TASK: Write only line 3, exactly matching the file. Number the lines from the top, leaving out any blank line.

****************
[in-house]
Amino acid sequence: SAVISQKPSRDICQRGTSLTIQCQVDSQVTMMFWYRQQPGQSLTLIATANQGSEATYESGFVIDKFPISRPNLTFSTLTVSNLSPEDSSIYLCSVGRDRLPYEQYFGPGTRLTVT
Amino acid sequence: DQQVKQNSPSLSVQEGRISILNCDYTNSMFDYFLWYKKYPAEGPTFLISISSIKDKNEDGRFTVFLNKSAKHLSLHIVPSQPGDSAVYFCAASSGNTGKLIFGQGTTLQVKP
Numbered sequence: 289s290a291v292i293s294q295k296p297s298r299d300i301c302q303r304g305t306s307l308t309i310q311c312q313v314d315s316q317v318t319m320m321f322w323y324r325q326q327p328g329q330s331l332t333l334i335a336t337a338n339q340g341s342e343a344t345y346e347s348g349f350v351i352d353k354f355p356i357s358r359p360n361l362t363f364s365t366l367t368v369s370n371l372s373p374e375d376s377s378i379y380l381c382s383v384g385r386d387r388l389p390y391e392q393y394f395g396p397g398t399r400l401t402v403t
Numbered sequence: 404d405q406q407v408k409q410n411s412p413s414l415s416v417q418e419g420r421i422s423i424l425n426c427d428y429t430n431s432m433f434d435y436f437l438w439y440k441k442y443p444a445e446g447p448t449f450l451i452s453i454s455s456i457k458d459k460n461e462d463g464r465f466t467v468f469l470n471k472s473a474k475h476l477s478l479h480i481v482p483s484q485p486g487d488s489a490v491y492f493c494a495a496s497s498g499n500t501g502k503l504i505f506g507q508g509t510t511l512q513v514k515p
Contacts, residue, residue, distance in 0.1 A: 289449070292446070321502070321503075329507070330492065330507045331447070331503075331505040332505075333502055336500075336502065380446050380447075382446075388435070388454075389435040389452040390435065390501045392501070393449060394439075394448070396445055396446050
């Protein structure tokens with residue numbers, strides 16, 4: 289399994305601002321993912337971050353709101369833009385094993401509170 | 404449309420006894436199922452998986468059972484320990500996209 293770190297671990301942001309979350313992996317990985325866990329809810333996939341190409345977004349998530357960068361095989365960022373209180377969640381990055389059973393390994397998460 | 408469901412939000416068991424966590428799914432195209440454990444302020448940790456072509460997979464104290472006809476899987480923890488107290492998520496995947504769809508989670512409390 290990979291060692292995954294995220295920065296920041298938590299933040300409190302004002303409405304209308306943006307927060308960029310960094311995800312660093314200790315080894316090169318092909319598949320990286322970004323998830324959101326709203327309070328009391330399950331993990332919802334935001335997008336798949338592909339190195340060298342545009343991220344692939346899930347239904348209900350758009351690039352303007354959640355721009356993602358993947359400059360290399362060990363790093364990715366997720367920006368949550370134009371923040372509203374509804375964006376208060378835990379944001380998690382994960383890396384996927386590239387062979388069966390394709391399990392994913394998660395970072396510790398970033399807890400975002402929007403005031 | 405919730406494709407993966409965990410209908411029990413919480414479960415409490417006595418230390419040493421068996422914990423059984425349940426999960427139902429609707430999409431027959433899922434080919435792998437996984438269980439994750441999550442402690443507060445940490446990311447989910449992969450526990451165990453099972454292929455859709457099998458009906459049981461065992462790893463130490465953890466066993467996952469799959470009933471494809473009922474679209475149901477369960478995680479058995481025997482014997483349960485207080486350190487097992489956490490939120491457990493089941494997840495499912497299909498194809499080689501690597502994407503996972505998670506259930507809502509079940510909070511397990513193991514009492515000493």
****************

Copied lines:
Amino acid sequence: DQQVKQNSPSLSVQEGRISILNCDYTNSMFDYFLWYKKYPAEGPTFLISISSIKDKNEDGRFTVFLNKSAKHLSLHIVPSQPGDSAVYFCAASSGNTGKLIFGQGTTLQVKP